With its unique ability to identify and'learn' from data patterns and to develop predictive mappings between variables – machine and deep learning – artificial intelligence (AI) has proved to be an indispensable tool in the fight against the coronavirus pandemic. AI has enabled the deployment of predictive models of potential disease contagion and containment, and has been used for screening and tracking patients. AI has been deployed across the globe to improve understanding of the potential consequences of the viral infection for different economy sectors. Companies have increasingly relied on machine-learning-enabled systems to reengineer production delivery in the face of a massive disruption in supply chains. Policy-makers have also turned to AI technologies due to their great promise in strengthening the quality of remote education delivery, at times where schools and education systems struggle to remain accessible to learners.
A major new report led by the Novartis Foundation and Microsoft shows how investment in data and AI is critical to drive the health system improvements needed to respond to and recover from the COVID-19 pandemic and the world's other greatest healthcare challenges. Reimagining Global Health through Artificial Intelligence: The Roadmap to AI Maturity was developed by the Broadband Commission Working Group on Digital and AI in Health, which the Novartis Foundation and Microsoft co-chair. Based on a landscape review of over 300 existing use cases of AI in health, the report shows how AI is already disrupting health and care. It then presents a roadmap to help countries use AI to transform their health systems from being reactive to proactive, predictive, and even preventive. Low- and middle-income countries (LMIC) that grapple with systemic health challenges such as a shortage of health workers, underserved populations, rapid urbanization and disinformation have the most to gain from AI – but they also have the most to lose.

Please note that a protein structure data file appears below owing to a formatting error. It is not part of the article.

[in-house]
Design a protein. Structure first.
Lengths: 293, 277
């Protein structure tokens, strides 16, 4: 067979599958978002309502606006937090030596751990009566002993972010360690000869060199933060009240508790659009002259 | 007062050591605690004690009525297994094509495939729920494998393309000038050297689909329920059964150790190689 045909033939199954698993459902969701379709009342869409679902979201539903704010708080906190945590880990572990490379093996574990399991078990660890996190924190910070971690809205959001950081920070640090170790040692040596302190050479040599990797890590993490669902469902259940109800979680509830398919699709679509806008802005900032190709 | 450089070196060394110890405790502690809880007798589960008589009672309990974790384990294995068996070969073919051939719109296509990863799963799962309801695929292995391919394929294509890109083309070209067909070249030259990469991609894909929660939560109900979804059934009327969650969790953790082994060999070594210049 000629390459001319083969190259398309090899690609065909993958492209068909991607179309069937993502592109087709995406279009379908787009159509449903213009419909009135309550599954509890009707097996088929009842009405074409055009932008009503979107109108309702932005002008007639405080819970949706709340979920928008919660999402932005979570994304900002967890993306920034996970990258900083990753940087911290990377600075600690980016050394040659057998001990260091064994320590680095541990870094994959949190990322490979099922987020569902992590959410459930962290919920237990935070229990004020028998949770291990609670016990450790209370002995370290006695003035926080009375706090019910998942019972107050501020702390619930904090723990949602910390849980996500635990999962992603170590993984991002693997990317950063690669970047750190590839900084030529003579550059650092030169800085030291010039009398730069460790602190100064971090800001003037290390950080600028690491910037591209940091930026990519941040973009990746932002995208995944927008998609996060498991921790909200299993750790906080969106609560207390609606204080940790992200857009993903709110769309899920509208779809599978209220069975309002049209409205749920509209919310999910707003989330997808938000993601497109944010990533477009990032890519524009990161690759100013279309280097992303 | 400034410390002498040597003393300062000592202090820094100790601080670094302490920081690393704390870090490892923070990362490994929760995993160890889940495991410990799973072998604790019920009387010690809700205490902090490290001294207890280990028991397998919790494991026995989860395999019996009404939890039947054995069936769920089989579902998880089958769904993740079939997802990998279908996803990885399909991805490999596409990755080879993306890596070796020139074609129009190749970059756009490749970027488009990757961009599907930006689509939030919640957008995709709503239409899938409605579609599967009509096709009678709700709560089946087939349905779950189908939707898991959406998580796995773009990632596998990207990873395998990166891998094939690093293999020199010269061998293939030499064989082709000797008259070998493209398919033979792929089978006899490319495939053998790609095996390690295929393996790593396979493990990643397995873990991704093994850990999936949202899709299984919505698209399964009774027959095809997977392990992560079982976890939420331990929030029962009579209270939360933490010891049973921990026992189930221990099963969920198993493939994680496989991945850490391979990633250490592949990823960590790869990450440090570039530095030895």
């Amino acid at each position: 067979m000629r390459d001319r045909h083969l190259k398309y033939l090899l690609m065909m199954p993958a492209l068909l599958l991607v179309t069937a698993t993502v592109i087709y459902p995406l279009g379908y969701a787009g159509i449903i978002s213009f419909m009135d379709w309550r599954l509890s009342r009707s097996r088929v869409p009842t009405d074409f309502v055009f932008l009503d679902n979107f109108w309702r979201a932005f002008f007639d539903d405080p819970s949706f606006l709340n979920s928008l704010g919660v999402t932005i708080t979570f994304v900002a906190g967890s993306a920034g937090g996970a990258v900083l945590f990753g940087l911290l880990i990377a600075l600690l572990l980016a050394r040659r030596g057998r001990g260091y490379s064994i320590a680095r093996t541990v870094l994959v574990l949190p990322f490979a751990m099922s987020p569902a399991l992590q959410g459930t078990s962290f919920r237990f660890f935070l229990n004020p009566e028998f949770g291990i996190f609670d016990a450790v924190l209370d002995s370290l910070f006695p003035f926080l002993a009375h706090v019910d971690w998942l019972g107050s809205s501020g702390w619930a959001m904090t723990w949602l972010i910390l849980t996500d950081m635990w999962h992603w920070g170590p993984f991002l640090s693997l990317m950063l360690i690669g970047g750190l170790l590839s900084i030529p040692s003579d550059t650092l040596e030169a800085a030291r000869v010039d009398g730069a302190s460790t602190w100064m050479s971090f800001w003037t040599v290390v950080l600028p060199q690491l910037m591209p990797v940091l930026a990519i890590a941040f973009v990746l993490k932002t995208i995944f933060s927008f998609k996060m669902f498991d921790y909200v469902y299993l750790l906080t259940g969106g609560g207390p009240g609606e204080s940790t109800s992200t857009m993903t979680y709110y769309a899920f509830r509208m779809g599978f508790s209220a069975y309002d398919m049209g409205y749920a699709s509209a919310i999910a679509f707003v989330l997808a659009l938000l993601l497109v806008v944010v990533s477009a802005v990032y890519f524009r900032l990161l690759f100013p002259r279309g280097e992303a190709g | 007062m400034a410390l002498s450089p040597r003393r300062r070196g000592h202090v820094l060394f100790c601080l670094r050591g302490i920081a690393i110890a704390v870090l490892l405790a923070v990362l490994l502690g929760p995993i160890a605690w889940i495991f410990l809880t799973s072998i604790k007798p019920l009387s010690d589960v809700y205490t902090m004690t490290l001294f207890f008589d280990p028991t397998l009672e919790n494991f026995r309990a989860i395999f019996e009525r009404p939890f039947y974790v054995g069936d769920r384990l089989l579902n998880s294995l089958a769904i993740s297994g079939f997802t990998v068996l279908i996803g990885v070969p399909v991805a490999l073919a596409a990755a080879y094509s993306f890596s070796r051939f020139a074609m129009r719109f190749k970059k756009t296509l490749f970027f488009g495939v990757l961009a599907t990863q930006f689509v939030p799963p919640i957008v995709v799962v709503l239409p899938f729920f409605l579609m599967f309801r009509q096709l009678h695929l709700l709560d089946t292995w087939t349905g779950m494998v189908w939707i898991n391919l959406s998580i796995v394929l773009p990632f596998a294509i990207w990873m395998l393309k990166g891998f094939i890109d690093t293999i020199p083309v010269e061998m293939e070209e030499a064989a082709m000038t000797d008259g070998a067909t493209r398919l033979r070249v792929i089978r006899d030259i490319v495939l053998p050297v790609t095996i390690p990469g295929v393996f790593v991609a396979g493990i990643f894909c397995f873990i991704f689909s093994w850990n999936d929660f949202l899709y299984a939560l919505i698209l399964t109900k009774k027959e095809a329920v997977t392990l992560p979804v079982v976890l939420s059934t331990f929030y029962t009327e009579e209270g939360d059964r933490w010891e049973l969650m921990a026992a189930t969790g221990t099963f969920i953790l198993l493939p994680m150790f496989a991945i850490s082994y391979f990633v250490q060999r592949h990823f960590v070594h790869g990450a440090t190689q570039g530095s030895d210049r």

Always worried about the potential for embarrassing background noises at home during video meetings? Microsoft is working on an update that could save you from future videoconferencing faux pas. The company's Microsoft 365 roadmap lists as in development "AI-based real-time noise suppression," which is scheduled for release in November 2020. The feature, spotted by news site Windows Latest, "will automatically remove unwelcome background noise during your meetings." Artificial intelligence technology is used to analyze a user's audio and "specially trained deep neural networks" will filter out noises and keep the person's voice, the software giant's planning document says.
When employees at an industrial site returned to the workplace after it was closed during the COVID-19 pandemic, they noticed a few differences. Sensors or RFID tags were used to determine whether employees were washing their hands regularly. Computer vision determined if employees were complying with mask protocol and speakers were used to warn people of protocol violations. What's more, this behavioral data was collected and analyzed by the organizations to influence how people behaved at work . The collection and use of such data to drive behaviors is called the Internet of Behavior (IoB).
The "internet of behaviors," total experiences, anywhere operations, automation and AI engineering are among the top strategic technologies for chief information officers for 2021, according to Gartner. The research firm, which is holding its Gartner IT Symposium/Xpo virtually, outlined its top strategic technologies and the theme is "plasticity," or the ability to adapt to changing conditions. Gartner's top strategic technologies are clearly influenced by the COVID-19 pandemic and how enterprises had to go digital in a hurry. Rest assured that Gartner has its share of buzzwords in its 2021 trends listing, but the technologies in whole tell a story. Gartner argues that IoB combines technologies focused on tracking individuals such as location and facial recognition and connects the data and maps them to behavioral events. By 2025, half the world's population will be subject to an IoB commercial or government program.